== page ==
President Donald Trump has praised Poland for their commitment to NATO spending, holding them up as an example to other members who despite years of opportunity have failed to meet their treaty obligations in a joint press conference in Warsaw, Poland Thursday.
Polish president Andrzej Duda opened a blockbuster press conference with U.S. President Donald Trump by emphasising the strong, long-standing friendship between their countries and their planned cooperation on international security.
President Duda, whose conservative Law and Justice Party (PiS) was elected on a wave of patriotism in 2015 after adopting a robust stance against mass immigration and elite globalism, described Poland and the United States as “loyal partners” who would co-operate on “many different areas within the NATO alliance”.
Duda said they discussed the importance of the Polish-American partnership in securing NATO’s eastern flank, his country’s decision to purchase the Patriot missile system, and the situation in Ukraine.
The Polish premier stressed how seriously President Trump takes security, and praised his strong support for Polish-Americans and their historic contributions to the United States.
“Thank you for noticing the contribution of Polish Americans and and their contributing to the prosperity of the United States,” he said.
Immediately after his introduction, President Trump thanked the Polish people for a warm welcome to their “beloved homeland”, reiterating President Duda’s sentiments on the strong relationship between their nations.
“We’ve never been closer to Poland than we are right now,” he declared.
“Poland has been a great friend, ally and a partner with respect to our military. We fought shoulder to shoulder in many different encounters. We are particularly grateful for the action Poland has taken to defeat ISIS and other terrorist organisations. Poland has been right there for us,” he stressed.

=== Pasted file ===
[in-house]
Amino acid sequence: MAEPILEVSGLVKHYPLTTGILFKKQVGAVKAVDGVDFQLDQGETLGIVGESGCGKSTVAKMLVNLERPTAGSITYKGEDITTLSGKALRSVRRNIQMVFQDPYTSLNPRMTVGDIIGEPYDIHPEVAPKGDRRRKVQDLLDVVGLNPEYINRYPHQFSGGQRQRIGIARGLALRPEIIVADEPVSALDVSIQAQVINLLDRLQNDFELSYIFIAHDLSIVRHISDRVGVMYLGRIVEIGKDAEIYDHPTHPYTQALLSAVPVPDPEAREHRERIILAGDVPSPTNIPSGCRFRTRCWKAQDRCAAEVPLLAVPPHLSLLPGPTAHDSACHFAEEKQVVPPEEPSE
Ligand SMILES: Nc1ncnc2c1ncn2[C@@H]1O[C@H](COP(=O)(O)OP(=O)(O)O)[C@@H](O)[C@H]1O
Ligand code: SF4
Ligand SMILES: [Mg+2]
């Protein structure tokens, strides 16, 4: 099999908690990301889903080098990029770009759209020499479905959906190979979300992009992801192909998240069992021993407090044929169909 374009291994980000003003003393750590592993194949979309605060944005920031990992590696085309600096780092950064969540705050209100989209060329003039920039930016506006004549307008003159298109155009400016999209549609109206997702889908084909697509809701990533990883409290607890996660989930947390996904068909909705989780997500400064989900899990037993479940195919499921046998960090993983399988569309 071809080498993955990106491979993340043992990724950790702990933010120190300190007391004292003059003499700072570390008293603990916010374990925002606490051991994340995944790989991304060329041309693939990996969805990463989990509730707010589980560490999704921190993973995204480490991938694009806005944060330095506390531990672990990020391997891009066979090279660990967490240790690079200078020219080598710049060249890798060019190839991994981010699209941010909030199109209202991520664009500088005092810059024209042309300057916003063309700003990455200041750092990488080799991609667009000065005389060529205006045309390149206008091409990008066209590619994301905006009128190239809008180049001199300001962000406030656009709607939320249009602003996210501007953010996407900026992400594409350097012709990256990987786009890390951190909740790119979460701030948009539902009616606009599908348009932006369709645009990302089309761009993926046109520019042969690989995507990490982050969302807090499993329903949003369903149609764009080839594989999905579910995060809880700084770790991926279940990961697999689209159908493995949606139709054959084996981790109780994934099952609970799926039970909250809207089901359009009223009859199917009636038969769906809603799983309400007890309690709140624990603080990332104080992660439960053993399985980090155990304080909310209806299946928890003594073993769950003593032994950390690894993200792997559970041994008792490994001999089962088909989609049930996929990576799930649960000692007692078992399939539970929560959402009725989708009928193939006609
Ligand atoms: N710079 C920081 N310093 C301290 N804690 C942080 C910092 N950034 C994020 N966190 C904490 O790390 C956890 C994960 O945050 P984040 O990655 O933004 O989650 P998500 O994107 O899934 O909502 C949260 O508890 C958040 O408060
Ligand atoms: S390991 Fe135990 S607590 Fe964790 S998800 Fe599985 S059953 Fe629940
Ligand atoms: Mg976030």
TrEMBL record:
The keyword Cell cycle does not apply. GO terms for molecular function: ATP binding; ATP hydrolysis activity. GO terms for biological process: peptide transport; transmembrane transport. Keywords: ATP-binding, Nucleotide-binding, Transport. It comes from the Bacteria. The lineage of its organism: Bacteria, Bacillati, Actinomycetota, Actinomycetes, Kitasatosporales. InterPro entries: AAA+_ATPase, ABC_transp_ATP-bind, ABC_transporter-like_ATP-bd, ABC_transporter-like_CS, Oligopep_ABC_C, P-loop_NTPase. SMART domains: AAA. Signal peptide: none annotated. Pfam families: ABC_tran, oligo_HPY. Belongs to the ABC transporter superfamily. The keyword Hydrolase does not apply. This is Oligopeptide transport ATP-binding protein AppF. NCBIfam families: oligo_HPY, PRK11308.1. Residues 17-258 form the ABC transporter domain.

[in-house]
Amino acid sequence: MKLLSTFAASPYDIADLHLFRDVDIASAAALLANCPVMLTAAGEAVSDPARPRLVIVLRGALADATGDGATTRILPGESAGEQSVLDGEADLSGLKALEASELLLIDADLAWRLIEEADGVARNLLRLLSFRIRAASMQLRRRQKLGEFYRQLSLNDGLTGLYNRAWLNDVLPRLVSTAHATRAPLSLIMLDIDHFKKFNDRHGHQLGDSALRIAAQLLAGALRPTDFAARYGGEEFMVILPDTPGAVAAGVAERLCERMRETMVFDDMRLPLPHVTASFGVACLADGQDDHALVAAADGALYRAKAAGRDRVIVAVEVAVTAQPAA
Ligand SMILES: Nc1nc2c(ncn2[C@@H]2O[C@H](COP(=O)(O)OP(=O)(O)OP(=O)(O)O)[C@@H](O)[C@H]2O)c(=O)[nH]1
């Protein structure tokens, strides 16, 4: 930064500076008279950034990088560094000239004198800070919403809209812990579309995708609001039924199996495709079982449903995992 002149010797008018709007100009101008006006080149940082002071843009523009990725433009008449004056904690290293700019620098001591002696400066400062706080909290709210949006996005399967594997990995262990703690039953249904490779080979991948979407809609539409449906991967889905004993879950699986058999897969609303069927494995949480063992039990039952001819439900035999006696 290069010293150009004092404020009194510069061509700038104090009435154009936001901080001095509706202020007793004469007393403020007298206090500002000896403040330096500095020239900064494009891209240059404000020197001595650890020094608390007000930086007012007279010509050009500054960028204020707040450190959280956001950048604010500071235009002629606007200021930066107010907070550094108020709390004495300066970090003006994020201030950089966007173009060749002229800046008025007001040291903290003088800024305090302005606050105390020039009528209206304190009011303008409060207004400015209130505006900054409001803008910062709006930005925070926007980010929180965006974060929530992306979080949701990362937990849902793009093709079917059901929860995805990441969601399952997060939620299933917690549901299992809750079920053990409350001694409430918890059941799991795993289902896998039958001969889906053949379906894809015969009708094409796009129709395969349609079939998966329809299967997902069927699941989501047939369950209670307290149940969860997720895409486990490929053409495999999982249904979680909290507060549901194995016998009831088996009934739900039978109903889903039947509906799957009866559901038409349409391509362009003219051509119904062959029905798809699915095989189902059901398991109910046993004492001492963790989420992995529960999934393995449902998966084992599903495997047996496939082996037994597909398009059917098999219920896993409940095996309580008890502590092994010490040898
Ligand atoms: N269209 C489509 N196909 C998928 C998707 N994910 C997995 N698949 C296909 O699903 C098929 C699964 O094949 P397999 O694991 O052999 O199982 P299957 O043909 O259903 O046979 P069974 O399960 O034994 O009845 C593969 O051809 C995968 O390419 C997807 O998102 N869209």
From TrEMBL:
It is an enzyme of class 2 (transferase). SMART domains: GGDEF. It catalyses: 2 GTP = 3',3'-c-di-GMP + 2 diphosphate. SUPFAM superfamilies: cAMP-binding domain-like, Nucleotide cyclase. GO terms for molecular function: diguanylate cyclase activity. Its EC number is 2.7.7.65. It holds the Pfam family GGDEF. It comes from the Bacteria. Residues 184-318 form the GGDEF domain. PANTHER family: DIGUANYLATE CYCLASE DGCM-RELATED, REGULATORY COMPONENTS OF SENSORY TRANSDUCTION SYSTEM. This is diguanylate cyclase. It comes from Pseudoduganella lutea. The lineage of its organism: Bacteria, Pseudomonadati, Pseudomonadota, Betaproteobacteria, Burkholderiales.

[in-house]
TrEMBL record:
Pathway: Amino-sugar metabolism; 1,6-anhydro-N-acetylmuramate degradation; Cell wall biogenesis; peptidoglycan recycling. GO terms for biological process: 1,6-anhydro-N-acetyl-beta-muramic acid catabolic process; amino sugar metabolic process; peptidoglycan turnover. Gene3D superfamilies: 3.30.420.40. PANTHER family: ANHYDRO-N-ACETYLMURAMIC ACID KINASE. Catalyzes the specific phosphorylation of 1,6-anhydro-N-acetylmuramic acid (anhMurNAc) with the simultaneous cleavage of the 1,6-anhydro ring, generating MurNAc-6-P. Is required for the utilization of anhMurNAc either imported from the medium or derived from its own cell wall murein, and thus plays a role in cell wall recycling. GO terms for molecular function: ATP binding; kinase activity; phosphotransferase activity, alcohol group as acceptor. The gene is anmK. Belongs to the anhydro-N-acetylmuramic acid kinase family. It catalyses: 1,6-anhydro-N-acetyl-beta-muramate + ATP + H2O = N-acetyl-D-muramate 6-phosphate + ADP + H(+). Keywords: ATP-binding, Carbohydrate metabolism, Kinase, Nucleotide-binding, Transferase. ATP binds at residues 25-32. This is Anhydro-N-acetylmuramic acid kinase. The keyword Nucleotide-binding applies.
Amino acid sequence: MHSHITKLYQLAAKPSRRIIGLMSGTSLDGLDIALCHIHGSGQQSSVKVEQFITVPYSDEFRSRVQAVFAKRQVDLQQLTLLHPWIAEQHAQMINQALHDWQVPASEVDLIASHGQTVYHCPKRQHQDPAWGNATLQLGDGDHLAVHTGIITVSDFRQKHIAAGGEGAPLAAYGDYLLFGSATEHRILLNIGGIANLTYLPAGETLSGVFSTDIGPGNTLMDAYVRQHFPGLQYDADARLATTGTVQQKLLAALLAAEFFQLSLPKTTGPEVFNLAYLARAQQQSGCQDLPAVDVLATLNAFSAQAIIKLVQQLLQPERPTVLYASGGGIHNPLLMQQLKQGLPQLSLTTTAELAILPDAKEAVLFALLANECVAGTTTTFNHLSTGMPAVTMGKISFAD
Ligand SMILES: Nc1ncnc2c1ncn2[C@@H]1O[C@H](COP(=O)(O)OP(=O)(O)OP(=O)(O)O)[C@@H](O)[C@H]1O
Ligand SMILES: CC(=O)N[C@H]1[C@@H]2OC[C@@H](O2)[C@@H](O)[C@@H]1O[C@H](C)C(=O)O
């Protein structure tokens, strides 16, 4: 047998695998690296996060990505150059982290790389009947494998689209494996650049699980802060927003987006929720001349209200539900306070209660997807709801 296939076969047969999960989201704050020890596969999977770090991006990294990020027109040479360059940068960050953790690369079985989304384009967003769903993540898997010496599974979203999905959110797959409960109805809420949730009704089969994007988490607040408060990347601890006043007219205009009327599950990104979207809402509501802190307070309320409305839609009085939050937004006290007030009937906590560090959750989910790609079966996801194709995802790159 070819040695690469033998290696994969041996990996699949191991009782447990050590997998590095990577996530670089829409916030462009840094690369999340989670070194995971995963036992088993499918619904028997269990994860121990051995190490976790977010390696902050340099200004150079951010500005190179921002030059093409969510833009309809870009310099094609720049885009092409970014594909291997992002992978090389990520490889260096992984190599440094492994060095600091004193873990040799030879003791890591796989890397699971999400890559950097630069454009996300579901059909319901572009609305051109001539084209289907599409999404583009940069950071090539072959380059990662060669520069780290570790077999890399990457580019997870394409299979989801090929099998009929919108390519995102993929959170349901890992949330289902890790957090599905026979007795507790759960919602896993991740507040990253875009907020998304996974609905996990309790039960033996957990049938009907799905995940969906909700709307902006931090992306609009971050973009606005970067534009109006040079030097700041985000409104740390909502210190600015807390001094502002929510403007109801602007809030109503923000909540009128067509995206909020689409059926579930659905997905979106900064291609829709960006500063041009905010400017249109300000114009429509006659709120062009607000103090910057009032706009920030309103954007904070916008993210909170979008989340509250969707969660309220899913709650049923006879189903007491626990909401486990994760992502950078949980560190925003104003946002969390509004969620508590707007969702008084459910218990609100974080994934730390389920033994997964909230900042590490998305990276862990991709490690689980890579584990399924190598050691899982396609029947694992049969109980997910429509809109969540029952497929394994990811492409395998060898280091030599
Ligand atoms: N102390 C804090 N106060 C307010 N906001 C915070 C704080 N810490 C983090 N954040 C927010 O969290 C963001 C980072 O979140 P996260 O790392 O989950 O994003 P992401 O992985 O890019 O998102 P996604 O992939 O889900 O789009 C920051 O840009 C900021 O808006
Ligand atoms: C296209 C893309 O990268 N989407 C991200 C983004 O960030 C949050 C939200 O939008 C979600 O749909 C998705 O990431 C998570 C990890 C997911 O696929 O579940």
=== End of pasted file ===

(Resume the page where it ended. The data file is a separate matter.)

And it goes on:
President Trump also congratulated Poland on its recent election to the United Nations Security Council, and expressed his appreciation for their commitment to meet and even their NATO spending obligations.
President Trump has not been shy in criticising countries in Europe which have failed to meet their obligations, and issued the same strong message in Warsaw.
“It is past time for all countries in the NATO alliance to get going and get up to their obligations, but I can say that Poland has been right there,” he said, noting that money has been “pouring in” since he adopted a robust posture at the G20 summit.
President Trump explained that strength was needed to tackle not only radical Islam, but the increasingly dangerous and erratic communist dictatorship in North Korea.
“President Duda and I call on all nations to confront this threat,” he said.
There was also cause to highlight the success of the United States in exporting supplies of Liquified Natural Gas (LNG) to Poland, with President Trump pointing out that his country stood ready to help “Poland and other countries to diversify their energy supplies so [they] can never be held hostage to a single supplier”.
He reminded listeners that his administrations wants “reciprocal” trade relationships going forward, however.
“We don’t have too many of them. The United States has made some of the worst trade deals in history, [but] that’s going to change,” he asserted.
“The friendship between our people dates back to the American revolution,” he concluded, saying that he looked forward “to talking about these bonds of faith and freedom” in an address to the huge crowds which have gathered to hear him later.
President Trump joked self-deprecatingly that they had turned out for President Duda, rather than himself.
“Thank you again for welcoming Melania and myself to your homeland. Together we can make the partnership between our nations stronger than ever before. Special people, special place and it’s an honour to be here.”
This story is developing